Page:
Technology accessible by everyone. The founders of SQI and the KESL project are deeply disturbed by the "digital divide" in our society and by the hi-tech community's indifference to this issue. The KESL project addresses this by a commitment to Open Source.
Every technology in the KESL simulation tool chain is Open Source and cross platform. This means access to the technology is free and will run on Windows, Mac and Linux systems.
Path to Knowledge. Experience --> Learning --> Concept
A view of acquiring knowledge by a process of interaction with the world that leads to learning how it responds. The final step is to place this into a concept that crafts a framework of across the broad range of stimulus / response.
It is our core belief that simulations can be used to provide efficient and effect processes for the stimulus / response feedback.
Commitment to Instant Publishing. This book is a working example of the SQI microPublishing philosophy of instant publishing. It is a work-in-progress. Much of the material is in draft form. Some of the sections are a rough first draft. Some sections have notes that need to be expanded to full text at some point in the future. However, all of the material fulfills the SQI microPublishing concept that any insight or new knowledge has value and needs to be quickly shared into the community of interest.
The SQI DocBook System combines the power of our Knowledge Base technology - direct input from content authors, continuous improvement, instant publishing, and extensive search - with the power of DocBook technology - extensive specialized markup for technical publication and multichannel publishing. The result is an on-demand environment where content experts can update material at any time, these enhancements are instantly published, updated material is instantly re-indexed, and html for the Web and PDF for printed output are simultaneously produced.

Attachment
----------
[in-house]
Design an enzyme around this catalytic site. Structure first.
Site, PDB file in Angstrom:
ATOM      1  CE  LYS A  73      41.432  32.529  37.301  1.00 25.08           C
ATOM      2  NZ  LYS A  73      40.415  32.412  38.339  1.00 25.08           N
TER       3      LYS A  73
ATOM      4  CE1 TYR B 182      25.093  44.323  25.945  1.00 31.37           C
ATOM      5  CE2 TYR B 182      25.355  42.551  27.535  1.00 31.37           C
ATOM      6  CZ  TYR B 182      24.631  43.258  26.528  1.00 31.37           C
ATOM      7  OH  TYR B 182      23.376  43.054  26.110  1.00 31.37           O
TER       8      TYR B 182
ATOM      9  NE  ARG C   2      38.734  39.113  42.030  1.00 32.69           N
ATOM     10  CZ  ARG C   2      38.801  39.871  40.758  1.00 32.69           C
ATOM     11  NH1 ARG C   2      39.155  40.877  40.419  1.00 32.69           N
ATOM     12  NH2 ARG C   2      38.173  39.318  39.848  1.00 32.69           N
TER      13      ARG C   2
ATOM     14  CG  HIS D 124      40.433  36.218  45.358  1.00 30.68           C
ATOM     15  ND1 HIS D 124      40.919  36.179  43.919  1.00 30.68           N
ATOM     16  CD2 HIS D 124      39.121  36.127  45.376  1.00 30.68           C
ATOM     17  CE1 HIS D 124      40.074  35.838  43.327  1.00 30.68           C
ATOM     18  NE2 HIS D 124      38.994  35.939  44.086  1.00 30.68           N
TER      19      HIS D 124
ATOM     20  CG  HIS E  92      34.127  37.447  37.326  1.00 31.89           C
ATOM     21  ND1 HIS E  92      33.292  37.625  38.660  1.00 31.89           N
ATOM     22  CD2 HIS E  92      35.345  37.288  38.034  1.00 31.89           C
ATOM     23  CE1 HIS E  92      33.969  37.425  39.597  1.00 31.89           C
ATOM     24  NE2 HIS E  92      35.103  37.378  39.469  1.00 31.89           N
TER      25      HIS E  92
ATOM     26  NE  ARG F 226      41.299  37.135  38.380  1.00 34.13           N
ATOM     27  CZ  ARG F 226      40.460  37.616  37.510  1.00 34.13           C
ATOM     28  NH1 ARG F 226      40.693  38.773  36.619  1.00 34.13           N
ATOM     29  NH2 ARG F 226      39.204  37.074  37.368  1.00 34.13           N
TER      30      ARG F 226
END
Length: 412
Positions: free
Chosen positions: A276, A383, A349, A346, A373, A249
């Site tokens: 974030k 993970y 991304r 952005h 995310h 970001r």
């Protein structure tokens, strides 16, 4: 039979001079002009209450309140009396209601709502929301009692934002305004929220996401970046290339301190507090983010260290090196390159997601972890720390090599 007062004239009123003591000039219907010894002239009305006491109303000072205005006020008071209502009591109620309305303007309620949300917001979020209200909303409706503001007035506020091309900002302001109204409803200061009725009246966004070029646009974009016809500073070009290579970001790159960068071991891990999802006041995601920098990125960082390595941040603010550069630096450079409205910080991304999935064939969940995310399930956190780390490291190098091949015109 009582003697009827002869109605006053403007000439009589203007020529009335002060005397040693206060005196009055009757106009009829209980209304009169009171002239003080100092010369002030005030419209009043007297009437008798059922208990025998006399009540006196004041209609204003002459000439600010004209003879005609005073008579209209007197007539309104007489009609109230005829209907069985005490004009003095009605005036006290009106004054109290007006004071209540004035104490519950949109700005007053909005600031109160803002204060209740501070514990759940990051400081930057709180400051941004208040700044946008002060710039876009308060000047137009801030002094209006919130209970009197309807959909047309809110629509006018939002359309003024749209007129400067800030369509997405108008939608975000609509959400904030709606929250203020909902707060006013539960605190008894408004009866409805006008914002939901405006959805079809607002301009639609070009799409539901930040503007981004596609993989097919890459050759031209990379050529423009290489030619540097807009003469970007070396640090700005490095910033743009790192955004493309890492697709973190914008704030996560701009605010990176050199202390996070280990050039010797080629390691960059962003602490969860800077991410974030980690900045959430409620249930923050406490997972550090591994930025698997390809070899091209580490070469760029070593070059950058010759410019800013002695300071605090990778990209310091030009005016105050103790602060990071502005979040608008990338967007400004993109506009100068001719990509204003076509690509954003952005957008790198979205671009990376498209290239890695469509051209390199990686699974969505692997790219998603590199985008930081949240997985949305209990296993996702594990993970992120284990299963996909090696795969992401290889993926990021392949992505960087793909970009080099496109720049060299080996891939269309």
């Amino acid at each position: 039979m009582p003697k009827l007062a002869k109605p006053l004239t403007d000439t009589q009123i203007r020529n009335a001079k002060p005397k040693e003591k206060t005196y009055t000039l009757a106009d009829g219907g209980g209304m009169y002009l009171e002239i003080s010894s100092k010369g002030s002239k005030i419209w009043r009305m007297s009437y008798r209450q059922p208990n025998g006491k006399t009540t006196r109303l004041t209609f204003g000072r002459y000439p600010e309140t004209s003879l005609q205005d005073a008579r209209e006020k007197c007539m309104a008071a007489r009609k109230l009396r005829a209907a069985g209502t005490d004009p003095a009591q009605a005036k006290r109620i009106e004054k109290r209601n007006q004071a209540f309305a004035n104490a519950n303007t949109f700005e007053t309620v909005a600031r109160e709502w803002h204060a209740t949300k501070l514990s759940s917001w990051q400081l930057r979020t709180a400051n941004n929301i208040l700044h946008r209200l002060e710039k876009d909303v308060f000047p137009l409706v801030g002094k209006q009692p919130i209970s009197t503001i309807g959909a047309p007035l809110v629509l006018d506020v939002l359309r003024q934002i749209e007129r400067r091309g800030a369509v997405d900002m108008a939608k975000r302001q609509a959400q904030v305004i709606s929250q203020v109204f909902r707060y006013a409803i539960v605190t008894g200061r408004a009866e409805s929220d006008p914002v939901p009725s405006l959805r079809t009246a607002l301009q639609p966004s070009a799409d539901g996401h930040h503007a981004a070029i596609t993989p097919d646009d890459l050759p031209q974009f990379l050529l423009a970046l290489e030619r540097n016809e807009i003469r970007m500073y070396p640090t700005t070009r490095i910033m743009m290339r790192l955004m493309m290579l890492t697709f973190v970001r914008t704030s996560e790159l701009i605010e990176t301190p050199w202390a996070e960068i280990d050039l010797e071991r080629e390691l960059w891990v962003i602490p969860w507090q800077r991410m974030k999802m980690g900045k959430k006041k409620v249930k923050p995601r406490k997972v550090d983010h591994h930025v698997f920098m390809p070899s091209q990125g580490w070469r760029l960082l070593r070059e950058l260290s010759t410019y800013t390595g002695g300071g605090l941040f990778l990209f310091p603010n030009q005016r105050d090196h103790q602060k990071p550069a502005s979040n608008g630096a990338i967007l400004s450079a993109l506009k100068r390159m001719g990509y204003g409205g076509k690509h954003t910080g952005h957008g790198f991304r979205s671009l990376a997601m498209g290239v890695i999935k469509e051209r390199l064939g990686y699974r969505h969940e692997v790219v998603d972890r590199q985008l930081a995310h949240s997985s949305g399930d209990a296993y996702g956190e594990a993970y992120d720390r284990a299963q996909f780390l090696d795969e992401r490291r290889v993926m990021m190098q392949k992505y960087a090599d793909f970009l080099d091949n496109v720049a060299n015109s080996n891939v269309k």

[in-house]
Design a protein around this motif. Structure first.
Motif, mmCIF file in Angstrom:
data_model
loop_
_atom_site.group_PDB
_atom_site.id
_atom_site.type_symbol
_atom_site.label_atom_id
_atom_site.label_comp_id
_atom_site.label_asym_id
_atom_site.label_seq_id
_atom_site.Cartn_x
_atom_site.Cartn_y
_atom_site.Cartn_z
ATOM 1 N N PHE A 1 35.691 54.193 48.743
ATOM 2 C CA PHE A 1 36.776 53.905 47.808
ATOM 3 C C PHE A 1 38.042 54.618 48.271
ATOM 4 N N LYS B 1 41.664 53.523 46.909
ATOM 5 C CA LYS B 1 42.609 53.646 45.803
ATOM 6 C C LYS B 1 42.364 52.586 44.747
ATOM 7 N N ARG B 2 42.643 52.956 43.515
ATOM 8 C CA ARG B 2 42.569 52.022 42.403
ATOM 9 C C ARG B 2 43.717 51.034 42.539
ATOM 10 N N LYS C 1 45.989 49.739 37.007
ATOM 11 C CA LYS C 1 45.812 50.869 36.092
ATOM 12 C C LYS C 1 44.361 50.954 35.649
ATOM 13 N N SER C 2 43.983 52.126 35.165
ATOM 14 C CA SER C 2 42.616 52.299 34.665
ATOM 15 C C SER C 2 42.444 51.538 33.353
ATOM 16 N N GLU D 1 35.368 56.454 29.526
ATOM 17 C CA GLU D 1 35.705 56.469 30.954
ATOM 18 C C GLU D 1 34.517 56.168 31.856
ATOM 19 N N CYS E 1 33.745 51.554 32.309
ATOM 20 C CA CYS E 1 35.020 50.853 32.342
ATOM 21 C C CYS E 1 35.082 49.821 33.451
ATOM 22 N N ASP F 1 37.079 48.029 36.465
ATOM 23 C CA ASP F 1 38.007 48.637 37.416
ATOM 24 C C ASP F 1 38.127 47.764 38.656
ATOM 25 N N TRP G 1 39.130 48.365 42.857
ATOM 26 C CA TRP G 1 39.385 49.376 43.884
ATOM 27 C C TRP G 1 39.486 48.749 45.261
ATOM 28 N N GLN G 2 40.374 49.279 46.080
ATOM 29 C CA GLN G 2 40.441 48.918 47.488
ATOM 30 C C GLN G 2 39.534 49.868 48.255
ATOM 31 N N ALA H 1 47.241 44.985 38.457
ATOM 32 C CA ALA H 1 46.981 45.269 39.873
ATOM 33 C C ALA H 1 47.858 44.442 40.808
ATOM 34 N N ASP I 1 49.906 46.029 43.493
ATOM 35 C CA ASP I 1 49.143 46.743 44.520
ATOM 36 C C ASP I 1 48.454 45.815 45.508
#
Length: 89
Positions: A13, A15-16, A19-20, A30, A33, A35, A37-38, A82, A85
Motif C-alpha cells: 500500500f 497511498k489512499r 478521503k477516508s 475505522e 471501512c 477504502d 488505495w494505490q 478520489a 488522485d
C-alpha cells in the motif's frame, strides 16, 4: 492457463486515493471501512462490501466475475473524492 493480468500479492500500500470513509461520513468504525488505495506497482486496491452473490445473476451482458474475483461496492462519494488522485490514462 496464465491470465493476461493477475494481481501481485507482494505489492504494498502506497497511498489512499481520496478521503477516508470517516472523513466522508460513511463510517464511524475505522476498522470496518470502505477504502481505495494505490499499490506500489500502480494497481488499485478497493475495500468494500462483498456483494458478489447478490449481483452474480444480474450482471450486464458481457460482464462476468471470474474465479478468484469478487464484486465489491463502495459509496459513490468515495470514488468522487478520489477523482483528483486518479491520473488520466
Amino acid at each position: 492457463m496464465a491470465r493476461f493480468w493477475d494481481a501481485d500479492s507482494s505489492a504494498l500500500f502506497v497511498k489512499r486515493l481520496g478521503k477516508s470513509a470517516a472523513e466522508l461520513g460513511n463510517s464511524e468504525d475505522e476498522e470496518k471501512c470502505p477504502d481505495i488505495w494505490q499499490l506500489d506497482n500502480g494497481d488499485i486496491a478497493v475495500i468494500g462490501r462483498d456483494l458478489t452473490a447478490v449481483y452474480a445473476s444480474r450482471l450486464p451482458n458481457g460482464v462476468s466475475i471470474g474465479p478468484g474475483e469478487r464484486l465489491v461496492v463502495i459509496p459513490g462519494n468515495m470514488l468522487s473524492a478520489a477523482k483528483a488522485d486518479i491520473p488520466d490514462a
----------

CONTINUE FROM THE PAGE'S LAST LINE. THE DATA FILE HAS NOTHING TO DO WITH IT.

First, you don't. This is not a book you read. This is a guild to a fantastic simulation lab. The goal is to learn by doing and understanding what we learn by framing the results in business theory and terminology.
SimuTrans as an Economic Strategy and Business Operations Simulation Lab is a guide and working companion for kids, young adults, and learning facilitators interested in acquiring skills in economics, strategy and business operations.
Participant. Those involved in active knowledge acquisition.
Facilitators. Those enabling the participants by providing infrastructure, presenting the vision, and being a problem solving resource.
This book is a working guide for learning strategic concepts and business operation concepts though hands-on learning. This book presents a framework for the process, the main part of the process is theParticipant running their company. Use this book to briefly introduce the concepts or assign lab tasks. Do not let the material become a lecture.
SimuTrans Cookbook. SimuTrans is a sophisticated simulation program. As such it requires a level of knowledge and skill to operate. The detailed processes and commands can be overwhelming at first. The SimuTrans Cookbook provides recipes and know-how for accomplishing many of the standard tasks. The on-line and PDF versions are at ?????.
This places all the discussion about constructing a simulation, modeling behaviors and knowledge acquisition in this book. Helpful insights into programming are provided in the tutorial.
The most current version of this book is available at current version SimuTrans as an Economic Strategy and Business Operations Simulation Lab in both web view and PDF print ready. And, we do mean the most current as every author's edit to a chapter immediately produces an updated web page of the chapter, an updated PDF for the chapter, and an updated PDF for the book. We referr to this immediate publication in various formats an microPublishing.
paid by time
think in trips-per-month
hills extend time
What upstream firms are you dependent upon
Controlling every link in the chain
Simple: buses feed airport
Complex: coal and iron to steel, steel to goods, goods to market
Risk of downturn in one link - say coal mine peters out - impacting all the other infrastructure investment
Return on Investment
Buy and operate a vehicle
Analysis over time
As part of a larger strategy (More of an unknown )
Start with just Trucks and Buses
the "cost" side
Economics - understanding potential returns
sec 4 - Operation Management
how differ from strategy
how to get good
ways to leverage (Routes)
IRR vs Payback
focus on cash flow
The document structure is here: Document Settings
Table of Contents
- 1. Introduction to the Economics Lab
- 2. Simulation Overview in Business Terms
- 3. Give me a Prototype
- 4. Controlling the Supply Chain
- 5. What are They Doing that is so Great?